Methods: Stool samples were collected from 93 children at 4, 6, 13 months, and 8 years of age. The gut microbiota was profiled using 16S rRNA gene sequencing. Peripheral blood was drawn from all children, and mononuclear cells were polyclonally activated. Levels of IL‐10 and FOXP3 mRNA copies were determined using real‐time quantitative reverse transcriptase‐PCR.

Results: At 8 years of age, 21 children were diagnosed with IgE‐associated allergic disease and 90% displayed allergic comorbidity. Seventy‐two children were nonallergic and nonsensitized. Statistical tests with multiple testing corrections demonstrated temporal underrepresentation of Ruminococcus and consistent underrepresentation of Bacteroides, Prevotella, and Coprococcus in allergic compared to nonallergic children from infancy to school age. The gut microbiota of the allergic 8‐year‐olds was enriched in Bifidobacteriumand depleted of Lactobacillus, Enterococcus, and Lachnospira. In allergic 8‐year-olds, Faecalibacterium correlated with IL‐10 mRNA levels (rs = 0.49, Padj = 0.02) with the same trend for FOXP3 (rs = 0.39, Padj = 0.08).

Conclusions: We identified both temporal and long‐term variation in the differential abundance of specific bacterial genera in children developing IgE‐associated allergic disease. Improved dietary interventions aiming at expanding immune‐modulatory taxa could be studied for prevention of allergic disease.

Place, publisher, year, edition, pages
John Wiley & Sons, 2019
Keywords
allergy, diversity, intestinal colonization, microbiome, T-cell response
National Category
Immunology in the medical area
Identifiers
urn:nbn:se:umu:diva-157612 (URN)10.1111/all.13485 (DOI)000459664100017 ()29786876 (PubMedID)
Available from: 2019-03-27 Created: 2019-03-27 Last updated: 2019-03-27Bibliographically approved
Candy, D. C. A., Van Ampting, M. T. J., Nijhuis, M. M. O., Wopereis, H., Butt, A. M., Peroni, D. G., . . . Michaelis, L. J. (2018). A synbiotic-containing amino-acid-based formula improves gut microbiota in non-IgE-mediated allergic infants. Pediatric Research, 83(3), 677-686
Open this publication in new window or tab >>A synbiotic-containing amino-acid-based formula improves gut microbiota in non-IgE-mediated allergic infants
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2018 (English)In: Pediatric Research, ISSN 0031-3998, E-ISSN 1530-0447, Vol. 83, no 3, p. 677-686Article in journal (Refereed) Published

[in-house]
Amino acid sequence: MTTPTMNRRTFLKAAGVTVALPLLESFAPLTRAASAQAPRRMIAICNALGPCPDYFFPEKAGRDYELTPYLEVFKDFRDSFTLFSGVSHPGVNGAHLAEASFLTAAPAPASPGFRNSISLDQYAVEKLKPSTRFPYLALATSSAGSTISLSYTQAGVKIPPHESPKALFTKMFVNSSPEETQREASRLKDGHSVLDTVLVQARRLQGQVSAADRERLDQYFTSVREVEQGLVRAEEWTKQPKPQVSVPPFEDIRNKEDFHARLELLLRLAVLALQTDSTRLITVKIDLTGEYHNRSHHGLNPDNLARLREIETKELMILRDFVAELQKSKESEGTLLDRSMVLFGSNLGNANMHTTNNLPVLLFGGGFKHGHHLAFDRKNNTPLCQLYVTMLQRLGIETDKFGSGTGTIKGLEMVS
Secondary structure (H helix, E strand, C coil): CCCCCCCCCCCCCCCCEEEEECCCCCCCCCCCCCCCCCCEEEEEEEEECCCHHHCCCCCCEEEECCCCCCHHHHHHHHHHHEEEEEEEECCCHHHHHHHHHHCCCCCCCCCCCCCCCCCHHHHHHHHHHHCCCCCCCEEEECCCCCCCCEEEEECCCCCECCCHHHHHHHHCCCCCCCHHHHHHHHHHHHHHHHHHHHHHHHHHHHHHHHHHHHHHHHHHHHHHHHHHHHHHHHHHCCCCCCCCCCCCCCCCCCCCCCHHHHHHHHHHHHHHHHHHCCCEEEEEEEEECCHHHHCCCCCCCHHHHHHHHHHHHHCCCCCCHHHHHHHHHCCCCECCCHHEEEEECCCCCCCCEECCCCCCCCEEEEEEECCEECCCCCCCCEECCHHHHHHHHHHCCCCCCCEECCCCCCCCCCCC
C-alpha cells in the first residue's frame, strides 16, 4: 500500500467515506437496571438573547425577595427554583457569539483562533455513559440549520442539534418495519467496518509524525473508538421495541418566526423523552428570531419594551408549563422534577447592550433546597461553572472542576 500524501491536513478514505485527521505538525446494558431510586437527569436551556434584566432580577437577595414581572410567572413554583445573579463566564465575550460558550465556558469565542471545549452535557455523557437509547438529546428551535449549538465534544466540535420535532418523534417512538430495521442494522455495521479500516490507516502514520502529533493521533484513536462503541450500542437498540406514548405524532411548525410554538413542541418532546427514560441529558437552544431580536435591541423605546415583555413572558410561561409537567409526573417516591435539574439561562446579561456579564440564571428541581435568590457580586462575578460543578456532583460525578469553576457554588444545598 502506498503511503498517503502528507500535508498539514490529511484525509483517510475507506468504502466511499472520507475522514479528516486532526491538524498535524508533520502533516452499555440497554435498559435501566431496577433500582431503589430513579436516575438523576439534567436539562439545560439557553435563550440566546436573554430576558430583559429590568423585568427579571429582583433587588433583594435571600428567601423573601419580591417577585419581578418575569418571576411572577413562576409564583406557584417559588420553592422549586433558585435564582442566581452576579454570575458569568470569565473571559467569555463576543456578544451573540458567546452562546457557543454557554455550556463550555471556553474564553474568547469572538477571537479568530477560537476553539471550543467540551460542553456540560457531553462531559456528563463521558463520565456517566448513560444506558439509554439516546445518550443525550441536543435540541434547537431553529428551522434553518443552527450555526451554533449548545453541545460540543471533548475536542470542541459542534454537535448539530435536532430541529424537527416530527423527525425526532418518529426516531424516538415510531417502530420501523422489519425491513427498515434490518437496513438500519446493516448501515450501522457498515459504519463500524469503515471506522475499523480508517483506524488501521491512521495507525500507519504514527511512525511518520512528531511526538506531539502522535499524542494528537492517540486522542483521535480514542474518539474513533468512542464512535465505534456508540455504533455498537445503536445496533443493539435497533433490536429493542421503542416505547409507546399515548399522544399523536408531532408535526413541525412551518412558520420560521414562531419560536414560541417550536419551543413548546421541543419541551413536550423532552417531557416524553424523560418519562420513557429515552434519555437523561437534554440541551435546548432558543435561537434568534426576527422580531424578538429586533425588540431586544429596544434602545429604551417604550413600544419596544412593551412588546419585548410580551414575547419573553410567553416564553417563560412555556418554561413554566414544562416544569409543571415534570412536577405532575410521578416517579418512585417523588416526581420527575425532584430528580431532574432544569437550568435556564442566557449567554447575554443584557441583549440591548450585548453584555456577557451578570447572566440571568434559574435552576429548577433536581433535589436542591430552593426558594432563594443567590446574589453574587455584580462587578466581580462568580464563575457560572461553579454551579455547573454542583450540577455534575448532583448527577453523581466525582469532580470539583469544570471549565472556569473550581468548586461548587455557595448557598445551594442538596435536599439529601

Abstract [en]

Background: Prebiotics and probiotics (synbiotics) can modify gut microbiota and have potential in allergy management when combined with amino-acid-based formula (AAF) for infants with cow’s milk allergy (CMA).

Methods: This multicenter, double-blind, randomized controlled trial investigated the effects of an AAF-including synbiotic blend on percentages of bifidobacteria and Eubacterium rectale/Clostridium coccoides group (ER/CC) in feces from infants with suspected non-IgE-mediated CMA. Feces from age-matched healthy breastfed infants were used as reference (healthy breastfed reference (HBR)) for primary outcomes. The CMA subjects were randomized and received test or control formula for 8 weeks. Test formula was a hypoallergenic, nutritionally complete AAF including a prebiotic blend of fructo-oligosaccharides and the probiotic strain Bifidobacterium breve M-16V. Control formula was AAF without synbiotics.

Results: A total of 35 (test) and 36 (control) subjects were randomized; HBR included 51 infants. At week 8, the median percentage of bifidobacteria was higher in the test group than in the control group (35.4% vs. 9.7%, respectively; P<0.001), whereas ER/CC was lower (9.5% vs. 24.2%, respectively; P<0.001). HBR levels of bifidobacteria and ER/CC were 55% and 6.5%, respectively.

Conclusion: AAF including specific synbiotics, which results in levels of bifidobacteria and ER/CC approximating levels in the HBR group, improves the fecal microbiota of infants with suspected non-IgE-mediated CMA.